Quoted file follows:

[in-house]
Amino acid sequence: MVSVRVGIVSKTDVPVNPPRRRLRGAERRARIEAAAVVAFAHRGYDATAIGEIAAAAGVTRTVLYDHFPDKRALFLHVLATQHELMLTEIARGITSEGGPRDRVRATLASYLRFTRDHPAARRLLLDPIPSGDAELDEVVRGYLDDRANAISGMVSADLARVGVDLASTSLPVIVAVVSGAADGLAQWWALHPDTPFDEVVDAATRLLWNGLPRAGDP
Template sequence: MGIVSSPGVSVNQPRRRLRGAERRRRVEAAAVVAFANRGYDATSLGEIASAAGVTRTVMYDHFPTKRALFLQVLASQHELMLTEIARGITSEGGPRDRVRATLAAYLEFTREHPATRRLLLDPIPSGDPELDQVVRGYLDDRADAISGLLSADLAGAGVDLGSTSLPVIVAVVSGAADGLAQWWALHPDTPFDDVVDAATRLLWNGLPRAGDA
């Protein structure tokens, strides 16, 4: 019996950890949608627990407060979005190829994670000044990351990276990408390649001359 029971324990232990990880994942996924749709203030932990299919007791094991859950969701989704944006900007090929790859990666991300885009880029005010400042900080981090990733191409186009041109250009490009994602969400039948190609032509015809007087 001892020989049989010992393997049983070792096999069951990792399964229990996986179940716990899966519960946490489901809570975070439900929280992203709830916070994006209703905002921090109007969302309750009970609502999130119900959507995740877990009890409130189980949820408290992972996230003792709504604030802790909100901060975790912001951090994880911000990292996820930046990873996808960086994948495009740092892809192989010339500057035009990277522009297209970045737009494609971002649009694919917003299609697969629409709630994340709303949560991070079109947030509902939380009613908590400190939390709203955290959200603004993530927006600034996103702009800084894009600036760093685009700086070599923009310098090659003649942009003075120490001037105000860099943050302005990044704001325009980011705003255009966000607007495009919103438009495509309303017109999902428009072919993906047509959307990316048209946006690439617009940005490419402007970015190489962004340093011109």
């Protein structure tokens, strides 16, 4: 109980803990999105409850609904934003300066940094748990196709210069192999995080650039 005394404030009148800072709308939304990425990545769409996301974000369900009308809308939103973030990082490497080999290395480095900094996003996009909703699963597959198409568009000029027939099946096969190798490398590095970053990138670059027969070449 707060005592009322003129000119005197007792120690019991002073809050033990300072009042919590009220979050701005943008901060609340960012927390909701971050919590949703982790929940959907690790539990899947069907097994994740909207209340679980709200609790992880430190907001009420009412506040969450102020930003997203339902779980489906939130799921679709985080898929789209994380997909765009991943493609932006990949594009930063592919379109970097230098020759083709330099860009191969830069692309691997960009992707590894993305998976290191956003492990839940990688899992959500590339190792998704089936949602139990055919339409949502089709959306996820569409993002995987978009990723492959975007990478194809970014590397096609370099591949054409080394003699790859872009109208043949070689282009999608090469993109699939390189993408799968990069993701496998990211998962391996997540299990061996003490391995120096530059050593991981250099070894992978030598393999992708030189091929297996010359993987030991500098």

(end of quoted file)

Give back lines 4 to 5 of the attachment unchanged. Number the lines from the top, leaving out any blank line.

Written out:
């Protein structure tokens, strides 16, 4: 019996950890949608627990407060979005190829994670000044990351990276990408390649001359 029971324990232990990880994942996924749709203030932990299919007791094991859950969701989704944006900007090929790859990666991300885009880029005010400042900080981090990733191409186009041109250009490009994602969400039948190609032509015809007087 001892020989049989010992393997049983070792096999069951990792399964229990996986179940716990899966519960946490489901809570975070439900929280992203709830916070994006209703905002921090109007969302309750009970609502999130119900959507995740877990009890409130189980949820408290992972996230003792709504604030802790909100901060975790912001951090994880911000990292996820930046990873996808960086994948495009740092892809192989010339500057035009990277522009297209970045737009494609971002649009694919917003299609697969629409709630994340709303949560991070079109947030509902939380009613908590400190939390709203955290959200603004993530927006600034996103702009800084894009600036760093685009700086070599923009310098090659003649942009003075120490001037105000860099943050302005990044704001325009980011705003255009966000607007495009919103438009495509309303017109999902428009072919993906047509959307990316048209946006690439617009940005490419402007970015190489962004340093011109």
């Protein structure tokens, strides 16, 4: 109980803990999105409850609904934003300066940094748990196709210069192999995080650039 005394404030009148800072709308939304990425990545769409996301974000369900009308809308939103973030990082490497080999290395480095900094996003996009909703699963597959198409568009000029027939099946096969190798490398590095970053990138670059027969070449 707060005592009322003129000119005197007792120690019991002073809050033990300072009042919590009220979050701005943008901060609340960012927390909701971050919590949703982790929940959907690790539990899947069907097994994740909207209340679980709200609790992880430190907001009420009412506040969450102020930003997203339902779980489906939130799921679709985080898929789209994380997909765009991943493609932006990949594009930063592919379109970097230098020759083709330099860009191969830069692309691997960009992707590894993305998976290191956003492990839940990688899992959500590339190792998704089936949602139990055919339409949502089709959306996820569409993002995987978009990723492959975007990478194809970014590397096609370099591949054409080394003699790859872009109208043949070689282009999608090469993109699939390189993408799968990069993701496998990211998962391996997540299990061996003490391995120096530059050593991981250099070894992978030598393999992708030189091929297996010359993987030991500098």